A Special Presentation
(Back) (Home) (Next)

1920's The First Generation 1930's

By Britton Crosby
January 2001

The "First" of Cape Cod's Brush Breakers.
Built by the Town of Barnstable Forest Fire Department in 1937 on a Ford Chassis.
It was built at Carl Starck's Garage on Main Street, Osterville.
Designed by T.O.B. Forest Warden and Centerville-Osterville Fire District Chief Bernard .S. Ames
it had all wheel drive, an 800 gallon water tank, steel bars, and a Leonard fire pump.
This unique apparatus was badly damaged by its first major fire, in Hyannis on May 5, 1937,
even before it was officially in service. It was rebuilt and served until 1952 at the
Osterville Fire Station.

The Town of Barnstable 1937 Ford Brush Breaker - Cape Cod's first.
The design using welded heavy steel bars and all wheel drive permitted the apparatus to
physically drive off road and even through pine forests to access and extinguish fires
in forested areas. Note large hose reel behind cab.

The Osterville Fire Station in late 1930's.
C-O FD's 1926 Maxim 500 gpm pumper Engine 1 on right.
Town of Barnstable's 1938 Ford Fire Patrol Truck in middle.
The 1937 Brush Breaker is on the left.

The Osterville Fire Station served as the Town of Barnstable Forest Fire Department's Headquarters.
This photo shows the 1937 Ford Brush Breaker, a 1922 Dodge fire truck which served as the town's
first patrol truck, and the 1938 Ford Patrol Truck. Missing from this photo is C-O FD's 1926 Maxim Pumper.

1937 Ford brush breaker in Osterville.

Town of Barnstable 1938 Ford Fire Patrol Truck.
The patrol truck was usually first to respond to brush and grass fires.
This had a 185 gallon water tank and 300' of 3/4" hose.
It is reported to have been one of the first apparatus with a two way radio.


Prior to brush breakers it was all by hand and water extinguishers.

Fill them and load them in the wagon...

August 1907 photo from Onset bay of a Cape Cod forest fire.

The brush and forest fire problem on Cape Cod and in the southeastern part of
Massachusetts was severe, particularly in the spring. Thousands of acres of forest
were burned yearly. The 1920's and 1930's saw many major fires which led to the need for
a better way of fighting them. As trucks became available and reliable, the
concept of the brush breaker was born.

The 1937 Ford brush breaker was called to one of its first fires before it's paint
had even dried. This fire in the Ridgewood Avenue area of Hyannis on May 5, 1937 burned
over 2000 acres into the Cummaquid area of town. This newspaper clipping
shows the raging fire as it destroyed the brand new brush breaker.
The truck was rebuilt and served until 1952.


A bi-plane can be seen against the plume of smoke at this Cape forest fire.
The plane may have been observing conditions from above.


The 1920's brought attention to the forest fire problem at the state level.
Research into ways to prevent and combat fires, included manned fire patrol trucks,
fire roads, and fire prevention measures.

A 1920's State of Massachusetts forest fire truck drafts water from a bridge.

Pine forests in the spring are explosive fuel.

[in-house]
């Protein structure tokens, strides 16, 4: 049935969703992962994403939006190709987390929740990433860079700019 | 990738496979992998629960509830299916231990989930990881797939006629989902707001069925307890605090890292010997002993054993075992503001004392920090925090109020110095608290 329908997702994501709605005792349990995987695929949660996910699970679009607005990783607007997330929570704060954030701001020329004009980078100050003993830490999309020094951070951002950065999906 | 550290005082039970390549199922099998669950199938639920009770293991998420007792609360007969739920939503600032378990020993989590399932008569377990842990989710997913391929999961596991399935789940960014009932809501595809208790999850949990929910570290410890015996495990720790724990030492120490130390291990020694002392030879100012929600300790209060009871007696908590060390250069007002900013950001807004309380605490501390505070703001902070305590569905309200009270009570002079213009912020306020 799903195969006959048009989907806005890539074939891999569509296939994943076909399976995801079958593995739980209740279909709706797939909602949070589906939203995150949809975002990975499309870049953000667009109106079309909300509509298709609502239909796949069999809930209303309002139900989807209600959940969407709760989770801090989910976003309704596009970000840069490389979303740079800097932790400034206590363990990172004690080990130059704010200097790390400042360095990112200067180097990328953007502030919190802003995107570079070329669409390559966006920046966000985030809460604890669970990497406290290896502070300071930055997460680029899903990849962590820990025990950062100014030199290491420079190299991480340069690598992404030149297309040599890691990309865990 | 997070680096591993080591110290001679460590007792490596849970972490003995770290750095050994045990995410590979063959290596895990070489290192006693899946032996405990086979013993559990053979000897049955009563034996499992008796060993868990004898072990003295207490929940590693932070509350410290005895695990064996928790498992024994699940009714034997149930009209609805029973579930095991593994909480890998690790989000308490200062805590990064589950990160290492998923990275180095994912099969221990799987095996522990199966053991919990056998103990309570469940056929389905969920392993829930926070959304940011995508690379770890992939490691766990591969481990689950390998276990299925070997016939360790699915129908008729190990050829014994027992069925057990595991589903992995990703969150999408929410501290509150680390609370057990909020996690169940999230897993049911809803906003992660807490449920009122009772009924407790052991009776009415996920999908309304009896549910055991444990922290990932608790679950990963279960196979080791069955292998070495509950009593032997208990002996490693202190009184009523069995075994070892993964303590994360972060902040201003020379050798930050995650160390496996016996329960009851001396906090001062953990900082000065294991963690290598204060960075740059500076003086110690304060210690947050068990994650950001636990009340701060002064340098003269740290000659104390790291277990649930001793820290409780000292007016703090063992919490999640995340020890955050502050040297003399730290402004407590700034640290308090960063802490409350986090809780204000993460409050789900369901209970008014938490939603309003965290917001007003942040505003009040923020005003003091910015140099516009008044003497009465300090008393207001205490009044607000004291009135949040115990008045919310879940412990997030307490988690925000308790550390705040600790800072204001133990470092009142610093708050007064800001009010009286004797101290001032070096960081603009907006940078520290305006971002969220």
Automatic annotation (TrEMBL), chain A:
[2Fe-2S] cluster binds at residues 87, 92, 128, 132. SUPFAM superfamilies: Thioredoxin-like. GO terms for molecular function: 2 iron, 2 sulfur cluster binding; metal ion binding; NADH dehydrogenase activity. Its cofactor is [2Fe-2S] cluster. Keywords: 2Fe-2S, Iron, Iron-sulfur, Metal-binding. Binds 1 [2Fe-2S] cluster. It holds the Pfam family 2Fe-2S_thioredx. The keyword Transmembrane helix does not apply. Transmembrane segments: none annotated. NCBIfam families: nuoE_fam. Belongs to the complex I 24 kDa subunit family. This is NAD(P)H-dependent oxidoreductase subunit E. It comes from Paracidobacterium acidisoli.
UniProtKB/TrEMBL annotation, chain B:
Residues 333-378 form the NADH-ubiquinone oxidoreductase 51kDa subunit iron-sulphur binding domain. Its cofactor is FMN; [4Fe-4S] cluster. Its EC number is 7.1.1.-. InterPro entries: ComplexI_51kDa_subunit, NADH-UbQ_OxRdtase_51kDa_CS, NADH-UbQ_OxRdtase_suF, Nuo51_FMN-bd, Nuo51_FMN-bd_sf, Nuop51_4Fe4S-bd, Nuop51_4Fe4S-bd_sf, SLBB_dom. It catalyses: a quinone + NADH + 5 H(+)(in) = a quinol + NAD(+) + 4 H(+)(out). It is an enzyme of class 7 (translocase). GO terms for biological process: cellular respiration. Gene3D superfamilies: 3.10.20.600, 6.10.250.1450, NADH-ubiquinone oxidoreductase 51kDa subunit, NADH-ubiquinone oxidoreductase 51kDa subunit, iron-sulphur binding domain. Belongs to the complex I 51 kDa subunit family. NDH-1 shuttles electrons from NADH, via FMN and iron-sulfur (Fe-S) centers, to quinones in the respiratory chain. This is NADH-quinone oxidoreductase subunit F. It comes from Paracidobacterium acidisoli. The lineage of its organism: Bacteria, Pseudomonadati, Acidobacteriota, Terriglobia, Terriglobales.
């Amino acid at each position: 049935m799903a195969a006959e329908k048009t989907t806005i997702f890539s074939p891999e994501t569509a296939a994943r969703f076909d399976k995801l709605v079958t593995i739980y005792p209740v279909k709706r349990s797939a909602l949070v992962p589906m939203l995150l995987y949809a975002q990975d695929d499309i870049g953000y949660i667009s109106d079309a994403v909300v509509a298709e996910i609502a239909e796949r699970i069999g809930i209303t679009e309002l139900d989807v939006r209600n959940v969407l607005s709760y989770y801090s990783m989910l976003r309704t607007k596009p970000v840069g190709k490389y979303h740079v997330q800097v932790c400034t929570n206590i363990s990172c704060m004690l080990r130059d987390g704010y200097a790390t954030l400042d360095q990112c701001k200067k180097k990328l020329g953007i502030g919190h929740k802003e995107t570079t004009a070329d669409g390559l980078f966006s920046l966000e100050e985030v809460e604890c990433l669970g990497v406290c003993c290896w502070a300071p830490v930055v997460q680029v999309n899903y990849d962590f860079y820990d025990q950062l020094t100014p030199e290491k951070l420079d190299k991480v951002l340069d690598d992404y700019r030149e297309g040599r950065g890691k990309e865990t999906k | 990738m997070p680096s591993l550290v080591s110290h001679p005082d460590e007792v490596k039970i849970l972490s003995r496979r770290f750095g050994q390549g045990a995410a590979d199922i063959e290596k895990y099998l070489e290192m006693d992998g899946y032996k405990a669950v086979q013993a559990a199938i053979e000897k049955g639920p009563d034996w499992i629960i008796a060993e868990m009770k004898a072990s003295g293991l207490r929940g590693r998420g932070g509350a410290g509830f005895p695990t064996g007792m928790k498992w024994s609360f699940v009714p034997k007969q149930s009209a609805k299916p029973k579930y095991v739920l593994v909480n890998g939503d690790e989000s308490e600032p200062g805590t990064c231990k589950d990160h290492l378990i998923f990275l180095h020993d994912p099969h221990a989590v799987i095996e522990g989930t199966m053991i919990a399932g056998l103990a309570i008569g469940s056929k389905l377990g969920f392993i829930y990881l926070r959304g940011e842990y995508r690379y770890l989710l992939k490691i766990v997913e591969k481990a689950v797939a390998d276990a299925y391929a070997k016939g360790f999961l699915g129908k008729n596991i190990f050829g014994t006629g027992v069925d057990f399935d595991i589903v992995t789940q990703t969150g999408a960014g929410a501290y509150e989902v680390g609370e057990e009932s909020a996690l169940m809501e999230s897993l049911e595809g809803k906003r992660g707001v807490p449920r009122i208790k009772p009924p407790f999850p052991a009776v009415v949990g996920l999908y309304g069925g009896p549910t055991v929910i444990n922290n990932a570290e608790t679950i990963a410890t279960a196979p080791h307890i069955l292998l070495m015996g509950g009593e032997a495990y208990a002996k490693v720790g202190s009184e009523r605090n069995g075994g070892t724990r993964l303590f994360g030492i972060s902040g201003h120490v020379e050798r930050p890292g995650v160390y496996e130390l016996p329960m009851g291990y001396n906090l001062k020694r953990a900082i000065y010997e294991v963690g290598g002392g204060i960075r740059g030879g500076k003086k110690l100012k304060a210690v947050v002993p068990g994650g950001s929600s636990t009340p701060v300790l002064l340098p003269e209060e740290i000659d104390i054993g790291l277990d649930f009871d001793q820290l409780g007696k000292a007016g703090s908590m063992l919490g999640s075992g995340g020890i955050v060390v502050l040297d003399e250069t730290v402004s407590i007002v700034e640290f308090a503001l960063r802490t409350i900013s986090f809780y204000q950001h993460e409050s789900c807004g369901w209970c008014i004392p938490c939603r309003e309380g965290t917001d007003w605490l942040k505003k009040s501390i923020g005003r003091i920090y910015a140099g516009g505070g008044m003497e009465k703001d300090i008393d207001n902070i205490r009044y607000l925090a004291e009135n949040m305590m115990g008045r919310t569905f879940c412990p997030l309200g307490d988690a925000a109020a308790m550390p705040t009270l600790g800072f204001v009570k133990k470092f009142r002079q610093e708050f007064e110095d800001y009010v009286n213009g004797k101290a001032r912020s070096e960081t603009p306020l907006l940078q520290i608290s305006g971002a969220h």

As fires increase in size, the length of the side (flank) fire increases. A sudden change in wind
speed or direction can turn low burning side fire into a dangerous crowning headfire

Pine trees can explode as a headfire rages through the forest, up hills and across valleys.

One of the Cape's worst fires ever occurred on April 27, 1938 in the Town of Sandwich.
A fire which started in the national guard camp at what would become Otis, burned into
the Shawme Crowell State Forest. The 12 mile long by 5 mile wide fire trapped and burned
several firemen. Two men, Gordon King and Thomas Adams died from burns.
Help came from several counties.

Without a way to get to these fires while they are still small, fires would grow to thousands of
acres in a short time. Fires of huge magnitude are not extinguishable... the just run out of
fuel or go out as weather conditions determine.

Fires threaten power lines, homes, barns, and local villages. It was not unusual for fires to burns for days,
from one side of the Cape to the other.


The invention of the brush breaker enabled men to quickly reach fires, either by fire access roads, or by driving
cross country through brush and forested land as necessary to reach and attack fires with water carried on the
brush breaker. Teams of brush breakers working together could quickly surround and extinguish many fires
before the grew large.


Soon after the first brush breaker was built, Barnstable County Forest Fire Department
had several brush breakers built. Carl Stark in Osterville also built these on Ford chassis
with a different brush bar and body work. These County Breakers were assigned
to local fire departments across the Cape who would staff them and in return be able to
use them in their own communities.

1939 Ford County No.1.

County No.1 was a 1939 Ford. It served in the North Falmouth Fire Station.

North Falmouth Fire Station No.3.
The 1939 Ford Brush Breaker is next to the Diamond T Engine 3.

When the County replaced these first generation brush breakers,
local towns picked them up for use within the town.
Mashpee Fire Department puts No.3 to use.

Mashpee Forest Fire No.3 was nicknamed "Geranamo"

One of the 1939 Ford County Breakers finished out its life in the Martha's Vineyard
community of Gay Head (now Aquinnah).


More Pages of Brush Breakers

1940's The Second Generation 1950's

1960's The Third Generation 1970's

1980's The Latest Generation 1990's


Related Links

Massachusetts DEM - Bureau of Forest Fire Control






Photos in this series are from various sources
including fire department and personal collections.